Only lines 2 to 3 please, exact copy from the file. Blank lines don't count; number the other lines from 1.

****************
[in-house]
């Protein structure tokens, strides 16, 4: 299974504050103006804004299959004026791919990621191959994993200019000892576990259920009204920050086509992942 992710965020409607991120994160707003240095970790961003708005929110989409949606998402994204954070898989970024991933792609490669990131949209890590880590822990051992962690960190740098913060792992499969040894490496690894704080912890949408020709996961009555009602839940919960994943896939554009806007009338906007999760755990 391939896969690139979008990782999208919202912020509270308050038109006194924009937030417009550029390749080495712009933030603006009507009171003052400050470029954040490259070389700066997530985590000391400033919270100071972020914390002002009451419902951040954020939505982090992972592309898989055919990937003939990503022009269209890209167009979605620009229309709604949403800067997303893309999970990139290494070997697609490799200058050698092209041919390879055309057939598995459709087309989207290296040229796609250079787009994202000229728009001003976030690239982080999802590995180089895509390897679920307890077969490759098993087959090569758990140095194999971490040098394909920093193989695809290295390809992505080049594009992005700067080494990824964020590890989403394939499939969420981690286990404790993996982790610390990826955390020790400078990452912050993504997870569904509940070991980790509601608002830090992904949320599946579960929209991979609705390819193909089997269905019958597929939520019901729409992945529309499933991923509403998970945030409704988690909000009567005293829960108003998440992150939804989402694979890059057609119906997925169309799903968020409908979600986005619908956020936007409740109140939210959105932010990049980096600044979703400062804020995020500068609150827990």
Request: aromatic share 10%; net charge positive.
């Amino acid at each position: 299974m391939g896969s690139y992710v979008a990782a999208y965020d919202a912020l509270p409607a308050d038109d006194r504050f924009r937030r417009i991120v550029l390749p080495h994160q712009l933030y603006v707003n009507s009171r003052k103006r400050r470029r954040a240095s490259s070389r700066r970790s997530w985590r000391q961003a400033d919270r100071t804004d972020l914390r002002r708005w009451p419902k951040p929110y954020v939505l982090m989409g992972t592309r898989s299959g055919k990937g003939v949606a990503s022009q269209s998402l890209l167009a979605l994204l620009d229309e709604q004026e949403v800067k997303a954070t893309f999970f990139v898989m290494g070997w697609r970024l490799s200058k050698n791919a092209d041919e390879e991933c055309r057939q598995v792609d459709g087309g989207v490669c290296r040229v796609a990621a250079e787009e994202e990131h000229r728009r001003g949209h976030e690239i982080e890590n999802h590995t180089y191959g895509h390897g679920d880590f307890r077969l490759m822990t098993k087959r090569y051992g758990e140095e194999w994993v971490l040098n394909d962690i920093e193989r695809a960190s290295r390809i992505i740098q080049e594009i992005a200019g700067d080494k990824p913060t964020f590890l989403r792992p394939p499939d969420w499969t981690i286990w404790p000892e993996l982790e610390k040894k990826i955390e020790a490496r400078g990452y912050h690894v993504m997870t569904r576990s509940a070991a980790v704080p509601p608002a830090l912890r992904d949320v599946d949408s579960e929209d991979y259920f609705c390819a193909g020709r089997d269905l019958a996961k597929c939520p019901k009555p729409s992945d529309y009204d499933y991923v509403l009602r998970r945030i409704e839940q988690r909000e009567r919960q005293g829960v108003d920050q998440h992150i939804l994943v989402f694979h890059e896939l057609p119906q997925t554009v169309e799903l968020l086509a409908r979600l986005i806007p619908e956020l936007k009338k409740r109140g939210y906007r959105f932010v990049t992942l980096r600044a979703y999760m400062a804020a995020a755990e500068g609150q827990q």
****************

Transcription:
């Protein structure tokens, strides 16, 4: 299974504050103006804004299959004026791919990621191959994993200019000892576990259920009204920050086509992942 992710965020409607991120994160707003240095970790961003708005929110989409949606998402994204954070898989970024991933792609490669990131949209890590880590822990051992962690960190740098913060792992499969040894490496690894704080912890949408020709996961009555009602839940919960994943896939554009806007009338906007999760755990 391939896969690139979008990782999208919202912020509270308050038109006194924009937030417009550029390749080495712009933030603006009507009171003052400050470029954040490259070389700066997530985590000391400033919270100071972020914390002002009451419902951040954020939505982090992972592309898989055919990937003939990503022009269209890209167009979605620009229309709604949403800067997303893309999970990139290494070997697609490799200058050698092209041919390879055309057939598995459709087309989207290296040229796609250079787009994202000229728009001003976030690239982080999802590995180089895509390897679920307890077969490759098993087959090569758990140095194999971490040098394909920093193989695809290295390809992505080049594009992005700067080494990824964020590890989403394939499939969420981690286990404790993996982790610390990826955390020790400078990452912050993504997870569904509940070991980790509601608002830090992904949320599946579960929209991979609705390819193909089997269905019958597929939520019901729409992945529309499933991923509403998970945030409704988690909000009567005293829960108003998440992150939804989402694979890059057609119906997925169309799903968020409908979600986005619908956020936007409740109140939210959105932010990049980096600044979703400062804020995020500068609150827990």
Request: aromatic share 10%; net charge positive.